Maryland has long had a cost-share cover crop program to help incentivize farmers to use this practice. However, farmers mostly plant single species of cover crops, such as a cereal grain like barley or winter wheat, meant to sequester nitrogen. A Hughes Center-funded study performed by Lindsay Thompson, formerly of the Maryland Association of Soil Conservation Districts, is finding that there are soil health, environmental and economic benefits to planting multiple species of cover crops in the same field.
The Hughes Center announces the board membership of former Maryland Senator Thomas “Mac” Middleton; Amy Jacobs of the Nature Conservancy; and Pat Stuntz, formerly of Keith Campbell Foundation the Chesapeake Bay Commission.
The Maryland Department of Natural Resources, in concert with the Harry R. Hughes Center for Agro-Ecology of the University of Maryland, will host six public listening sessions in May to aid in the development of Maryland Forest Service’s 2020 Forest Action Plan (FAP). View the full 2015 Maryland Forest Action Plan or the Executive Summary.
The FAP assesses the current state of the forest resources and lays out the strategy for addressing forestry priorities in the state. These listening sessions will allow stakeholders to provide feedback on how the FAP should be structured and what it should include.
What are the biggest issues facing Maryland forests? Is there anything threatening the state's forestry industry? What resources do Maryland's forests and foresters need? In addition to participating in the listening sessions this May, please take a short survey (go.umd.edu/forestsurvey) to provide input on the needs of Maryland's forests and forestry moving forward.
Listening sessions are held in every region of the state this May, with identical information presented at each event. All sessions are free and open to the public; registration is available at the links below.
The dates and locations of the listening sessions are:
Western MD - Wednesday, May 8, 2019 - 6:30 p.m. to 8:30 p.m.
Allegany College of Maryland, Continuing Education Building, Room 12/14
12401 Willowbrook Road, Cumberland, MD 21502
To register, visit go.umd.edu/fapwmd
Central MD (Frederick) - Thursday, May 9, 2019 - 1 p.m. to 4 p.m.
Urbana Regional Library, Anthony M. Natelli Community Room
9020 Amelung St., Frederick, MD 21704
To register, visit go.umd.edu/fapcmdf
Annapolis - Monday, May 13, 2019 - 2 p.m. to 5 p.m.
Department of Natural Resources, Room C-1
580 Taylor Ave., Annapolis, MD 21401
To register, visit go.umd.edu/fapcmda
Lower Eastern Shore - Tuesday, May 14, 2019 - 6:30 p.m. to 8:30 p.m.
Ward Museum of Wildfowl, Legacy Center
909 South Schumaker Drive, Salisbury, MD, 21804
To register, visit go.umd.edu/faples
Upper and Mid-Eastern Shore - Wednesday, May 15, 2019 - 9 a.m. to 12 p.m.
Chesapeake College, Room HPAC-127
1000 College Circle, Wye Mills, MD 21679
To register, visit go.umd.edu/fapues
Southern MD - Monday, May 20, 2019 - 1 p.m. to 4 p.m.
Potomac Branch Library, Potomac Meeting Room
3225 Ruth B. Swann Drive, Indian Head, MD 20640
To register, visit go.umd.edu/fapsmd
The College of Agriculture and Natural Resources is pleased to appoint Dr. Sarah Taylor-Rogers as interim director of the Harry R. Hughes Center for Agro-Ecology. Sarah assumed leadership duties on April 3 while the college launches a national search for a new director.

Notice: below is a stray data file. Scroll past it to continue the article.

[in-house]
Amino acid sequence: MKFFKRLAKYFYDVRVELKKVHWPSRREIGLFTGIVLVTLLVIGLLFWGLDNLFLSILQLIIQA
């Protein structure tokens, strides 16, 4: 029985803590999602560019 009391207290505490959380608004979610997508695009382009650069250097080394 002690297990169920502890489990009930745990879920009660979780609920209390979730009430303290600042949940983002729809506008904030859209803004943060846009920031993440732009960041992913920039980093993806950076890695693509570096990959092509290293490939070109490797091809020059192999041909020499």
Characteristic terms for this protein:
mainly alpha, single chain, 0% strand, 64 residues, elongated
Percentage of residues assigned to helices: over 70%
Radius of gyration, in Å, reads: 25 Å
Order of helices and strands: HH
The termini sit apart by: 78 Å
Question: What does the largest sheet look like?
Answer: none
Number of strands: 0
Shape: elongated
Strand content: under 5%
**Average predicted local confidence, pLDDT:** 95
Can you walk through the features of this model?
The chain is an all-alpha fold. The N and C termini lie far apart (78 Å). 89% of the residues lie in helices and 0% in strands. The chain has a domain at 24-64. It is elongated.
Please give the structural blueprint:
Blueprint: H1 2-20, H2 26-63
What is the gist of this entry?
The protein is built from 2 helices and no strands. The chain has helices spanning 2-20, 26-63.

Sarah steps into this role with a wealth of knowledge and experience as the former assistant director and interim director of the Hughes Center. She is a proven leader, having individually procured over $500,000 in grants and contributions to fund research of key importance to the farming and forestry communities as well as to fund the first in-house communication and outreach position. She strengthened the relationships between Maryland's representatives in Congress as well as with key committees in the legislature to assist with additional funding for the Hughes Center. She designed and initiated the first watershed implementation planning workshops around the state with colleagues from the Departments of Natural Resources, Environment, Agriculture and Planning in an effort to reduce total maximum daily loads to the bay.
Sarah and staff will work closely with the Dean of the College of Agriculture and Natural Resources, the Board of Directors, and the Hughes Center's constituents to assure that the Center retains its "cutting edge" applied research approach to aid decision-makers in making sound policies based upon peer-reviewed science.
Sarah returns to the Hughes Center at a pivotal time with several high profile initiatives in progress. The Hughes Center is supporting agriculture’s role in environmental practices and soil health through funding key research initiatives, is working to close the disconnect with consumers by building a stronger regional food system, and is working with key state agencies to help update the state’s forest action plan.
“As president of the Harry R. Hughes Center for Agro-Ecology, I welcome Sarah Taylor-Rogers back as interim executive director,” said Edwin Fry, Hughes Center board president. “Sarah has a distinguished history with the Hughes Center and can guide our outstanding staff to continue delivering science-based, applied research that fosters collaborative solutions.”
The college and Hughes Center staff also want to extend its deep appreciation to Suzanne Dorsey for her service and leadership as the previous director, and wish her the best in her new position with the Maryland Department of the Environment.